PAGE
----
Wednesday, August 16, 2017

Elvis Presley: 40 Years Later

2017 marks the 40th anniversary of the "King of Rock 'n' Roll", Elvis Presley.  My #1 musical artist whose death in 1977 is still a vivid memory.  Here's where I was on August 16, 1977: watching Star Wars for the 2nd time.  I caught an early show near the place where my Mom worked.  Once the movie was over we got in the car to go home.  So, I put on the AM Top 40 radio station and they are playing an Elvis song.  By this time, I'm just becoming a Billboard magazine subscriber and an avid listener of Casey Kasem's American Top 40.  So, I knew Elvis had a song around the Top 40 at that time called "Way Down".  But it wasn't a big hit.  And I knew my local Top 40 stations never played it.  But the song they were playing was an old one from the '50's.  Very odd.  I changed the station to the other channel: same thing.  Something wasn't right.  Then I searched for a news channel, and there was the announcement:  Elvis Presley was dead.  My Mom and I were stunned.  Can't be true.  When we got home I put the TV on looking for some kind of channel that had more info.  This is 1977.   There's no CNN, no all-news channels, so the pickings are slim.  Eventually, I came across a channel that confirmed the news.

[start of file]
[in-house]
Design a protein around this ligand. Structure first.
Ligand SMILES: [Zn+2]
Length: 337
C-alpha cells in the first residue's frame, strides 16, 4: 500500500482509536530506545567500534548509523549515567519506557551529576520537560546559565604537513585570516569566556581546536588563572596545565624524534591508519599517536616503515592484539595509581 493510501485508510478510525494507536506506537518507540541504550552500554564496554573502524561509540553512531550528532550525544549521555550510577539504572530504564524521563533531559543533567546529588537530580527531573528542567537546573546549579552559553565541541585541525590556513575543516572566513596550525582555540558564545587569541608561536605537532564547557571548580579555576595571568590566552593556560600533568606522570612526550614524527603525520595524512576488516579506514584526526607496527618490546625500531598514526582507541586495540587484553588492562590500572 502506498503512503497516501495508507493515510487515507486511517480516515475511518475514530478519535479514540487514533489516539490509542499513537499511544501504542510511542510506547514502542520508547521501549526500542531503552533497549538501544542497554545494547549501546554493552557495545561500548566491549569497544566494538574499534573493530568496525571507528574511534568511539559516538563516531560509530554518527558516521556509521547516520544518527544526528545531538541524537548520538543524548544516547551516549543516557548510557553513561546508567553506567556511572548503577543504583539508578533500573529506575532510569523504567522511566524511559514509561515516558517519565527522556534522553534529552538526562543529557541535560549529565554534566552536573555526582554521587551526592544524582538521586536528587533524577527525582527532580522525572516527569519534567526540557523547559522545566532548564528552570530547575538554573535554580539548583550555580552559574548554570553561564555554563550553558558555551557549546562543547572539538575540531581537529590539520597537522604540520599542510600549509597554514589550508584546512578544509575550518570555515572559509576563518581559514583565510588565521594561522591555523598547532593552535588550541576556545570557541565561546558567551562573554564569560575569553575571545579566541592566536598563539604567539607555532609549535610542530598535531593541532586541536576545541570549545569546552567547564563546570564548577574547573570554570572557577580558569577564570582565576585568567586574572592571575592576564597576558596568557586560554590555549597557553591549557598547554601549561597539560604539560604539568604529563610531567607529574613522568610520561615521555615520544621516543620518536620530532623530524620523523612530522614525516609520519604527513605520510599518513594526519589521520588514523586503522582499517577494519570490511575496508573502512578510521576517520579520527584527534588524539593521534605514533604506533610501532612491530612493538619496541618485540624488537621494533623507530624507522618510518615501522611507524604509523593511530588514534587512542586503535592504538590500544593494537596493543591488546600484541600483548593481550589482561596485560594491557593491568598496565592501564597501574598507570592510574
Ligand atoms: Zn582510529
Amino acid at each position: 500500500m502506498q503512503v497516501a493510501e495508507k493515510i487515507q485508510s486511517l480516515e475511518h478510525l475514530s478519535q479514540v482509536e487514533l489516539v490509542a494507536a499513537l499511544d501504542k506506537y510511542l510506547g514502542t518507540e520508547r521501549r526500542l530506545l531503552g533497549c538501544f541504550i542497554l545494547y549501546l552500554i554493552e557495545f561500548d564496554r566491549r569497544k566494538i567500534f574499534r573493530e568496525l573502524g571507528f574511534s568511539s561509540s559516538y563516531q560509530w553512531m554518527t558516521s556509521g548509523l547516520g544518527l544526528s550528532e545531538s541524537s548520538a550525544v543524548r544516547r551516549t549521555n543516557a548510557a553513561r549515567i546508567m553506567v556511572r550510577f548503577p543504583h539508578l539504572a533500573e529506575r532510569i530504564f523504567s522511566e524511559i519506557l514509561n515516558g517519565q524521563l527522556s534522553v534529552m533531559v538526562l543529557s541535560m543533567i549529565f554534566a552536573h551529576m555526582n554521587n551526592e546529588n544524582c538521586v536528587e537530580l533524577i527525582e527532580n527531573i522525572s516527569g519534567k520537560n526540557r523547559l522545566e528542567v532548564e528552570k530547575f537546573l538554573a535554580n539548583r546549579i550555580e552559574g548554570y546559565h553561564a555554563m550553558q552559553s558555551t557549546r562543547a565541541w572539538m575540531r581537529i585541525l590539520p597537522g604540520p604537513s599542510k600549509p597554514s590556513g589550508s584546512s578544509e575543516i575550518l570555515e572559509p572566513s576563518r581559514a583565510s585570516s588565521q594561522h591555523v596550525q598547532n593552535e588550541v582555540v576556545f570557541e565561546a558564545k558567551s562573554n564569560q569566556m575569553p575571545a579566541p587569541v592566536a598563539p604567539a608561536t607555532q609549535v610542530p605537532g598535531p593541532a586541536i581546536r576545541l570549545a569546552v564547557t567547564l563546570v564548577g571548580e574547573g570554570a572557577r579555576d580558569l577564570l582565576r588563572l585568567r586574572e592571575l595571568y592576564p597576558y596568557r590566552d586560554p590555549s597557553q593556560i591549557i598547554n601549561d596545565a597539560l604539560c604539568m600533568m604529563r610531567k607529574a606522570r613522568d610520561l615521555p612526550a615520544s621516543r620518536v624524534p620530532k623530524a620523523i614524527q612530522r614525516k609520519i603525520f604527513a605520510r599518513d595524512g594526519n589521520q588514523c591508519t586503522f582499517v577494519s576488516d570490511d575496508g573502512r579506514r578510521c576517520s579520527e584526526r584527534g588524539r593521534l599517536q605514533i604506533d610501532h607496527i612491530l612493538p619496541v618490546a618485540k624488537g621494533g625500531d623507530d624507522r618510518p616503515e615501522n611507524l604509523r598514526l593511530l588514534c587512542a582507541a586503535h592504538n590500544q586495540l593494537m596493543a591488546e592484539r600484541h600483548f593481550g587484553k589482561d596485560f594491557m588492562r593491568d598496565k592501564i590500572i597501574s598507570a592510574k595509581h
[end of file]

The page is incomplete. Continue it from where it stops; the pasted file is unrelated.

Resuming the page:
At this point in 1977, Elvis Presley was an afterthought to most people.  He was still touring, making records.  But the records were just average, the tours marred by cancellations and bad reviews, even though they still sold-out.  A few months before he died, three of Elvis' former bodyguards released a scandalous book called Elvis: What Happened?  I remember seeing the book and articles about it on newsstands.  But this was Elvis.  Sure he was overweight.  But a drug addict?  Not possible.  The book was widely dismissed by his hardcore fans at the time, but most of what was in it has proven true.  At the time the bodyguards wanted the book to wake up Elvis.  To bring back the '68 Comeback King.  Maybe it would have worked.  Elvis died just a month after it came out.

What Elvis' death did to me was make me a devoted fan.  That may sound like a strange statement.  But in 1977 I was only 13 years old.  Just beginning to dig deeper into the history of Rock and Roll.  When he died, the only Elvis records I heard were the ones my Dad owned.  And he had quite a few.

And now in 2017, I have all his official studio, soundtrack and live albums.  A bunch of career-spanning box sets, lots of greatest hits titles.  Oh, and can't forget all the Elvis books I've read.  And I buy whatever reissues RCA continues to feed the Elvis faithful.

The generation that first grew up on Elvis has gotten older.  And while Graceland still does robust business (I've been there a few times), I'm always afraid that the music Elvis put out will fade away.  I could be wrong.  I'm grateful that Sirius still has their Elvis channel which I listen to often.

As long as I'm around Elvis Presley will never disappear.   Anything that keeps his memory alive is alright with me.  And I'll always be there to remind newer generations of how important he was.
Add to Technorati Favorites